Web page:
In 1907, former members of UALM created the Club Malherbe Caennais, soon the best club in Lower Normandy. In 1909 and 1911, several friendlies matches were organised between a selection of players from Caen and the English club of St Albans City F. C.. The Stade Malherbe Caennais was founded on 17 November 1913 from the merger of Club Sportif Caennais and Club Malherbe Caennais, it was a multi-sport athletic club, which adopted the "Malherbe" and the striped jersey of the CMC, the red and blue colours of CSC. The club had its own facilities – the Stade de Venoix – inherited from the CMC; the football team of CMC, engaged in the league in Lower Normandy, changed its name just after the start of the season. By winning this competition, Stade Malherbe recorded their first title in its first year of existence. Having qualified for the finals of the 1914 USFSA Football Championship, Caen was eliminated in the 1/8 final by the Union sportive Servannaise: after a draw in the first game it had to forfeit the second.
World War I stopped the competitions. Thirty-nine members of the club were killed in the fighting, including former captain Eugène Lesomptier. In 1919, the USFSA championship was replaced by regional championships organised by the French Football Federation, called Division d'Honneur. Stade Malherbe, reinforced by the move to Caen of the former French international Eugène Maës, won six times the championship of Lower Normandy between 1920 and 1928, but were unable to compete with the major Upper Normandy clubs, Le Havre AC and FC Rouen. Since 1919–20, Caen participated in the Coupe de France but fell in round of 32 in 1921 and 1922. In 1929, the two Division d'Honneur leagues of Normandy were merged and Stade Malherbe was promoted the year after, its best final standing was 5th in 1933. In 1934, one year after FC Rouen and Le Havre AC, Stade Malherbe acquired professional status and reached the French Division 2; the club finished 11th out of 16 for the first season 6th in 1936 and 8th in 1937.
But its financial situation deteriorated and Stade Malherbe left D2 in 1938, after four professional seasons. The club returned to Division d'Honneur of Normandy, it won the last edition before World War II in 1938–39, the first two after WW2 in 1946 and 1947. In 1948, Stade Malherbe joined the newly founded Championnat de France amateur, the third level of French football. Soon considered as a "lord" in CFA, Caen was unable to win the championship, unlike their regional rival US Quevilly, despite successive calls to former French international players as coaches: Jules Vandooren, Jean Prouff, Andre Grillon, Jean Vincent and Oliver Celestin. Stade Malherbe made itself known by repeated feats in Coupe de France in the 1950s: French champion Stade de Reims and top teams Racing Club de France and RC Lens were defeated in January 1953, 1956 and 1961. In 1958, Caen pushed FC Nantes to play five games to decide: the first three games resulting in 0–0 draws, the fourth was stopped, the fifth saw Nantes win 1–0.
Through its success Caen won the "Challenge France-Football" rewarding the best amateur team in Coupe de France in 1956 and 1961. Undermined by the instability of its coaches and presidents and a precarious financial health, Stade Malherbe weakened and was relegated twice into Division d'Honneur, but regained its place in CFA. In 1970, the CFA was removed and the Division 2 was enlarged to 48 teams. During the 1970s, Caen evolved between D2, where it failed to stabilise. Jacques Mouilleron became coach in 1973. In 1975, the club won its first national title: the West group of Division 3. Stade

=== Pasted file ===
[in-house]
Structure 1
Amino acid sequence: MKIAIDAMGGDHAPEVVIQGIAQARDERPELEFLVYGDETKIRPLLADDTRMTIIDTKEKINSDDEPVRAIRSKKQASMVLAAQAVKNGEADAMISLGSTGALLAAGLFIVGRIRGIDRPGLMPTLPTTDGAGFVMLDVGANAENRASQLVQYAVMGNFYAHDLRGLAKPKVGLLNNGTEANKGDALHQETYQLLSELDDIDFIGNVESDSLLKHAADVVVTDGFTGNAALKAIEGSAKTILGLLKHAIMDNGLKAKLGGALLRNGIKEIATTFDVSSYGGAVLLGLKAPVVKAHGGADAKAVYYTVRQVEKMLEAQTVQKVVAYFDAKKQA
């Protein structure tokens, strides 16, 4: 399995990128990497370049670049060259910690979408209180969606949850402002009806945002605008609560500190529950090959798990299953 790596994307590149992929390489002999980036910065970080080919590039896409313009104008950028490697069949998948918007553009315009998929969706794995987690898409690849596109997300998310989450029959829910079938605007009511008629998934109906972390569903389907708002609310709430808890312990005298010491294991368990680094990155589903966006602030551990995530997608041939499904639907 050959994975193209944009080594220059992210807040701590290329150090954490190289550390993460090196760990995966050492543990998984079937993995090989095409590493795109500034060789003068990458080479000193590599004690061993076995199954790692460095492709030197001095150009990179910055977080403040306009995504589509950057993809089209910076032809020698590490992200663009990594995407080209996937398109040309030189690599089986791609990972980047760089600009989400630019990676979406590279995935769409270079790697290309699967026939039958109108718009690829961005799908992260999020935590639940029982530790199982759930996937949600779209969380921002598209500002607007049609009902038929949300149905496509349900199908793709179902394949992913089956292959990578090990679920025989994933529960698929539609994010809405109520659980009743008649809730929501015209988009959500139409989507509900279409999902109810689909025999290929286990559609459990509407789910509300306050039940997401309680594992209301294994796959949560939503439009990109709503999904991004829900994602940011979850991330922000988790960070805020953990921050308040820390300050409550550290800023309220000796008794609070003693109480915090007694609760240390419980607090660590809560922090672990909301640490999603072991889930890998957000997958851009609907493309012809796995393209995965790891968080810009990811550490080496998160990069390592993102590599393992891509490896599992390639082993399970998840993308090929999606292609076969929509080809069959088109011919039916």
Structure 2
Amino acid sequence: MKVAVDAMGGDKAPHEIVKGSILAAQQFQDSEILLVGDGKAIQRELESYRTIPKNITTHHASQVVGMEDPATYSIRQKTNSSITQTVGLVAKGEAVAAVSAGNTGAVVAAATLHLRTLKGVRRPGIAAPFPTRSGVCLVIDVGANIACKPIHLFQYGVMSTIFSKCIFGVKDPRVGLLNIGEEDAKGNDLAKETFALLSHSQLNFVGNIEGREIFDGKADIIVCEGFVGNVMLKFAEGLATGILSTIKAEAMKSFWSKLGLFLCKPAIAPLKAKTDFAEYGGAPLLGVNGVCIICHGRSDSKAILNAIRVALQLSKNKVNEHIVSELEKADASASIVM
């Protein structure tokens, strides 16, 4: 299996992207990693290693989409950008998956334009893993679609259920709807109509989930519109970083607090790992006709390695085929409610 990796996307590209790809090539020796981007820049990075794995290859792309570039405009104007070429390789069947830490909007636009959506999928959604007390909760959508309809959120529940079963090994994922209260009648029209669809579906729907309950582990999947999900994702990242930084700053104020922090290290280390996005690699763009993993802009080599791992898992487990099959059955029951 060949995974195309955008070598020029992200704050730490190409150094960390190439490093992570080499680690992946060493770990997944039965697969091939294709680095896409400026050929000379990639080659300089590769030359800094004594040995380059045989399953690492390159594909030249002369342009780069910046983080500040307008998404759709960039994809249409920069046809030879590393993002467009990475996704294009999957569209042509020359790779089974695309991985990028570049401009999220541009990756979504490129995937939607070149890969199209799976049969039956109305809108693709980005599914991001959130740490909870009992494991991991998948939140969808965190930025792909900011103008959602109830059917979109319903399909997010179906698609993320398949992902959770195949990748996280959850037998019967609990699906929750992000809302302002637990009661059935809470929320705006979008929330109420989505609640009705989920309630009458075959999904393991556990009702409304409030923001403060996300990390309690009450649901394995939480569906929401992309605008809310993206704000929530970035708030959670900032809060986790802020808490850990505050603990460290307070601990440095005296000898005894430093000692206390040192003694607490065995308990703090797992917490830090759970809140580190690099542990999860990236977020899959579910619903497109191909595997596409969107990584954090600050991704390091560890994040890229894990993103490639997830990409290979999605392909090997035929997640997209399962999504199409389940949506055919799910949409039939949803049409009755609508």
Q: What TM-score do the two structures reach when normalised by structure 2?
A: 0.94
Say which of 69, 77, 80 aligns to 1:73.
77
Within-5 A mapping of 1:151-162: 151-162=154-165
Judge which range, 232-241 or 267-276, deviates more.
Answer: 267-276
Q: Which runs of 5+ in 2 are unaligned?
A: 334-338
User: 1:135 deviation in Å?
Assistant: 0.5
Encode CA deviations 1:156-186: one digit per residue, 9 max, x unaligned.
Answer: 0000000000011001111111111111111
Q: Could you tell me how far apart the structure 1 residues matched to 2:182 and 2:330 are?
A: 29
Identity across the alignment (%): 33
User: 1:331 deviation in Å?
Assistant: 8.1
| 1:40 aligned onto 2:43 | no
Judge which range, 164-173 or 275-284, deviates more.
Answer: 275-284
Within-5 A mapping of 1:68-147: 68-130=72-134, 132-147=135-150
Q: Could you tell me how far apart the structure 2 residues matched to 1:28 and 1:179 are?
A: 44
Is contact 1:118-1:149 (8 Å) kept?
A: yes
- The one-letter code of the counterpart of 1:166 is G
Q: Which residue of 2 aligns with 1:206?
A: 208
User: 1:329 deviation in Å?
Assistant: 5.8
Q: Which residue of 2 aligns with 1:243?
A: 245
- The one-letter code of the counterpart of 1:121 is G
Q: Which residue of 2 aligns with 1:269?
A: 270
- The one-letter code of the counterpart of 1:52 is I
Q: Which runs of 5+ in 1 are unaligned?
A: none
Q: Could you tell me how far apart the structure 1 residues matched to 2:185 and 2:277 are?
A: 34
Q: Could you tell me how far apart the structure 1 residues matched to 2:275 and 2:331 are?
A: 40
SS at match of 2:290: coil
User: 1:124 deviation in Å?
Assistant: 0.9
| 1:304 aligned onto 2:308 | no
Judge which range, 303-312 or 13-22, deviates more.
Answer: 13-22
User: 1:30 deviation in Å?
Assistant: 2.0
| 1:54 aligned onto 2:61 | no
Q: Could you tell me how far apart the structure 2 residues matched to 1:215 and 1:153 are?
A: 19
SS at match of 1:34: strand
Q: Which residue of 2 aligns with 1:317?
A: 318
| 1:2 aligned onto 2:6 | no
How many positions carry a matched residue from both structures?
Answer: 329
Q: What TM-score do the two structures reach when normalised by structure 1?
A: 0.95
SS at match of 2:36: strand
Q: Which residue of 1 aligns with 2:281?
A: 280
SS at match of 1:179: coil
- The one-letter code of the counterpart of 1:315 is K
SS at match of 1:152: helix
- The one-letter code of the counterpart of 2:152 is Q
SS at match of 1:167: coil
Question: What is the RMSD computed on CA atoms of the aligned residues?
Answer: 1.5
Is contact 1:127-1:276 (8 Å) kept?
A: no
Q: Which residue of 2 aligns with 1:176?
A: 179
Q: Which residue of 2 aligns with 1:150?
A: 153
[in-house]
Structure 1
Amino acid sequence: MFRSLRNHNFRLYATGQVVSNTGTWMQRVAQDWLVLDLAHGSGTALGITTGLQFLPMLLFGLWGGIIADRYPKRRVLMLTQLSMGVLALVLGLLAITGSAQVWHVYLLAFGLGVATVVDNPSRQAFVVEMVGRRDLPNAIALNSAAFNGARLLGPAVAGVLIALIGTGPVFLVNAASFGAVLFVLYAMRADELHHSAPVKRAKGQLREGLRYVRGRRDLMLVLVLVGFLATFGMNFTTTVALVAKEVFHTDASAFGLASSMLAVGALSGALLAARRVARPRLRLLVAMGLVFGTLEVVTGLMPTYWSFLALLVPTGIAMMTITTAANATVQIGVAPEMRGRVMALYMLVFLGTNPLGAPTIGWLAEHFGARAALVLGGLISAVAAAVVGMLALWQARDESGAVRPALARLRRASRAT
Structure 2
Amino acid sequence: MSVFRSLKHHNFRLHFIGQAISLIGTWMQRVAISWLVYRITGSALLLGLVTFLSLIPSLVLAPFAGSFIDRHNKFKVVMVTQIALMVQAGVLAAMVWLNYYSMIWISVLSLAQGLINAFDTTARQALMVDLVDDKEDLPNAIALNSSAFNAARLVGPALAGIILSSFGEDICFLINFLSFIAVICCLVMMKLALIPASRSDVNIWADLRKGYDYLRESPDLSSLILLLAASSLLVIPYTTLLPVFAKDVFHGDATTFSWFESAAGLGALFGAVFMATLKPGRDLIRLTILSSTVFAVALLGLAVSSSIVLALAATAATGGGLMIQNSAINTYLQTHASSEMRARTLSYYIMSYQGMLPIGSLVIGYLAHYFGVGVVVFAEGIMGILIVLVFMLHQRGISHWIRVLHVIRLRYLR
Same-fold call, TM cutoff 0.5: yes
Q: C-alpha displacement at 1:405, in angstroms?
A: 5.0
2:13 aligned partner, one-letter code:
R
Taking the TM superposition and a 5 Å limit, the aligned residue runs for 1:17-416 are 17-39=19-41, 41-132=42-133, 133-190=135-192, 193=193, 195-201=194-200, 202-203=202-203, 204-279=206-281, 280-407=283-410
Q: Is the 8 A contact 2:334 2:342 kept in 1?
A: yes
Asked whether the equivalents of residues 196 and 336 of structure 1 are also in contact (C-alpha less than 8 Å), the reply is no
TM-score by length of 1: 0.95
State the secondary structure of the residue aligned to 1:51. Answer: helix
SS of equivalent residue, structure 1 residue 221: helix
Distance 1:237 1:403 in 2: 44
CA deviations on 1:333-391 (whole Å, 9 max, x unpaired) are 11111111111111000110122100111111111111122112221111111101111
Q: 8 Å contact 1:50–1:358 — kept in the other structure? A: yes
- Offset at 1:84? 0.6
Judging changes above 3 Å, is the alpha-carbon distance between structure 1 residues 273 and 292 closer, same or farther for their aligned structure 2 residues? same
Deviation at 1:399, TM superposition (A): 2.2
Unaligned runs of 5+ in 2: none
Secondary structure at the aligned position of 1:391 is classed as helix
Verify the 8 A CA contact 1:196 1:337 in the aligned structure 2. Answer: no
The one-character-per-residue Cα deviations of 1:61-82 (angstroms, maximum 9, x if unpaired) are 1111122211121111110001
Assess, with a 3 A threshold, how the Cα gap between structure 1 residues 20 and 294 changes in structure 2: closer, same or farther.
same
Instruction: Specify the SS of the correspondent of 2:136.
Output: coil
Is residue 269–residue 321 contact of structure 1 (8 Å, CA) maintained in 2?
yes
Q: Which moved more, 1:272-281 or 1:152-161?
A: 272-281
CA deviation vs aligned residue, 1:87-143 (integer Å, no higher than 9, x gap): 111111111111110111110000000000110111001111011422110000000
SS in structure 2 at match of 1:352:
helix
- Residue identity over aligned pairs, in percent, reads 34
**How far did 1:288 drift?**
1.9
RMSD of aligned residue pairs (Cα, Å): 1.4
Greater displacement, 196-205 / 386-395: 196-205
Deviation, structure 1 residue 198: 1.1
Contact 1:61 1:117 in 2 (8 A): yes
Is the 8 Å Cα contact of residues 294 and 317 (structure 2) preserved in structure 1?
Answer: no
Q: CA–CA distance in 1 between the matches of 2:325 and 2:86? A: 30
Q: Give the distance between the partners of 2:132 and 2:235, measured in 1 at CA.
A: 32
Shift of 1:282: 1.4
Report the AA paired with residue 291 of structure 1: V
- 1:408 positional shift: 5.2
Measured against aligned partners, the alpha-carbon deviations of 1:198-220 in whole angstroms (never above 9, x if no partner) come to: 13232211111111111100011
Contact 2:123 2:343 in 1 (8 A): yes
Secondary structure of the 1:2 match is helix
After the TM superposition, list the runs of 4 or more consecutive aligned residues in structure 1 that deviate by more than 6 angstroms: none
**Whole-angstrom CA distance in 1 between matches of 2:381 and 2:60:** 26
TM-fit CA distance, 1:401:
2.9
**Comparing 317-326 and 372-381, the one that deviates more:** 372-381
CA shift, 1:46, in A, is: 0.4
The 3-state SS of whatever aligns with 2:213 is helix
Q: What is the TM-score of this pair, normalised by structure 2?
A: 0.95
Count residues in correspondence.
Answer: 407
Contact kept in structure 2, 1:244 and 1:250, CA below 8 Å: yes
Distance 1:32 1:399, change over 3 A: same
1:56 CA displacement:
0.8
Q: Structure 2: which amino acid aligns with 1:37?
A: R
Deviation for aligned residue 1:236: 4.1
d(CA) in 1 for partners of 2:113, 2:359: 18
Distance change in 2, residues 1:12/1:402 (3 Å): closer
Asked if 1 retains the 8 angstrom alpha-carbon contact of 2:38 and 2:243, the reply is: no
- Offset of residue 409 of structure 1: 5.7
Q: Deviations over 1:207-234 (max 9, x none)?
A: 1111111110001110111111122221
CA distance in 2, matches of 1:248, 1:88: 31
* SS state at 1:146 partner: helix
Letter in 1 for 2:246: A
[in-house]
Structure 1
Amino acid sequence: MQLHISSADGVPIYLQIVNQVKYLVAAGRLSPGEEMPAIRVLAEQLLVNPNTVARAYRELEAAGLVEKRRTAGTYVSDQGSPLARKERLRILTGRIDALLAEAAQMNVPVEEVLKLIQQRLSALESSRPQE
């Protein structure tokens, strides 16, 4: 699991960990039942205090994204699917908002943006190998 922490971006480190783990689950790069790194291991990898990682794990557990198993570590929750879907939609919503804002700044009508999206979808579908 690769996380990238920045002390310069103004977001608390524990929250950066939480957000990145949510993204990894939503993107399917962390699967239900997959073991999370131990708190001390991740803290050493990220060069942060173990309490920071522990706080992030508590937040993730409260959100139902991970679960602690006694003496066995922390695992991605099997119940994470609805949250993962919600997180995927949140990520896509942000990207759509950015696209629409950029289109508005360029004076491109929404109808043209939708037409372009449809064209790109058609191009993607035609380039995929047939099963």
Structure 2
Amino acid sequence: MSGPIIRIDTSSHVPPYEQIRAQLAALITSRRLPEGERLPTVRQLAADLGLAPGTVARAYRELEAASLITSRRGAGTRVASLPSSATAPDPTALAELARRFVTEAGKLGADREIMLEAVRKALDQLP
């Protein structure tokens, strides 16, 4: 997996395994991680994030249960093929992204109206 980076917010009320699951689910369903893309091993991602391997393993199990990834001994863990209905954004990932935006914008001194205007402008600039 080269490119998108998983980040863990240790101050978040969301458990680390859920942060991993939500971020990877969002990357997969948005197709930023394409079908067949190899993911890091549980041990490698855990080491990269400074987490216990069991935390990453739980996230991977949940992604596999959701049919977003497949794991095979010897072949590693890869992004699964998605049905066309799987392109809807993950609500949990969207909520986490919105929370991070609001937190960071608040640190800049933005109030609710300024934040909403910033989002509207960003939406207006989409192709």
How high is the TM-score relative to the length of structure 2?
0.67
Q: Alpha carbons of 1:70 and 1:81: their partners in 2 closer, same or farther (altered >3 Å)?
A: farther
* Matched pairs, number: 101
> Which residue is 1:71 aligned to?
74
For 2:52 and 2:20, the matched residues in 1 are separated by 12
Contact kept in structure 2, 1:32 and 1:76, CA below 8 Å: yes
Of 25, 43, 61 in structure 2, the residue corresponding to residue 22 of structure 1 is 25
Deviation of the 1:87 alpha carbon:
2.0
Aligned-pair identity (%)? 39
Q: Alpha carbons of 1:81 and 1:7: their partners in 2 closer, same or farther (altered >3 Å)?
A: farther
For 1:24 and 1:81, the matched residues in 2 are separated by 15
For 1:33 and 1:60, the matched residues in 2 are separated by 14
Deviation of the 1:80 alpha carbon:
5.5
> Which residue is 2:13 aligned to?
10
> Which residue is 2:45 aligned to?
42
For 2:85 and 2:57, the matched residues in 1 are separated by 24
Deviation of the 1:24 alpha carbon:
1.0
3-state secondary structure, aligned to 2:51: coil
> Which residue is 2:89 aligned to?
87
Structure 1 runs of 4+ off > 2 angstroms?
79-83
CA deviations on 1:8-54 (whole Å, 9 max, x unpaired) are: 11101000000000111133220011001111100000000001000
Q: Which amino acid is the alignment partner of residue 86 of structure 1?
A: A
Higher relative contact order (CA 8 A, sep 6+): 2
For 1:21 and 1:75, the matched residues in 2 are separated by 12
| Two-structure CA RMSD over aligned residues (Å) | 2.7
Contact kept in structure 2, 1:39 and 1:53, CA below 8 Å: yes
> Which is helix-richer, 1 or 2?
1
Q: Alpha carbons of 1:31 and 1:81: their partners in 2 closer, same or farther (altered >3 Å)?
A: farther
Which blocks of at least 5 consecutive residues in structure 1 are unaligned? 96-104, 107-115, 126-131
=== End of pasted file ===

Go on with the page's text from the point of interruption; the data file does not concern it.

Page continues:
2008–09 Ligue 2
The Ligue 2 season 2008–09 was the sixty-seventh edition since its establishment, began on August 1, 2008 and ended on May 29, 2009. The fixtures were announced on May 23, 2008. Teams relegated to Ligue 2 FC Metz, relegated after losing to Olympique Marseille on April 12, 2008. RC Strasbourg, relegated after losing to SM Caen on May 10, 2008. RC Lens, relegated after drawing with FC Girondins de Bordeaux on May 17, 2008. Teams promoted to Ligue 1 Le Havre AC, promoted after drawing with CS Sedan on April 22, 2008. FC Nantes, promoted after drawing with Montpellier HSC on April 25, 2008. Grenoble Foot 38, promoted after drawing with LB Châteauroux on May 12, 2008. Teams promoted from Championnat National Vannes OC, promoted after losing to FC Martigues on April 26, 2008. Tours FC, promoted after defeating Stade Laval on May 3, 2008. Nimes Olympique, promoted after defeating Stade Laval on May 16, 2008. Teams relegated to Championnat National FC Gueugnon, relegated after losing to AC Ajaccio on April 18, 2008.
FC Libourne-Saint-Seurin, relegated after losing to CS Sedan on May 2, 2008. Chamois Niortais FC, relegated after losing to US Boulogne on May 16, 2008. Last updated May 2009 Grégory Thil wins the Ligue 2 Trophée du Meilleur Buteur. Last updated: May 30, 2009 Source: Ligue 2 Paul Alo'o wins the Ligue 2 Trophée du Meilleur Passeur. Last updated: May 30, 2009 Source: Ligue 2 The nominees for Ligue 2 Player of the Year; the winner will be determine at the annual UNFP Awards on May 24. The winner will be displayed in bold; the nominees for the Ligue 2 Goalkeeper of the Year. The winner will be displayed in bold; the nominees for Manager of the Year. The winner will be displayed in bold. Last updated May 22, 2009 French League Official Site Ligue 2 Official Page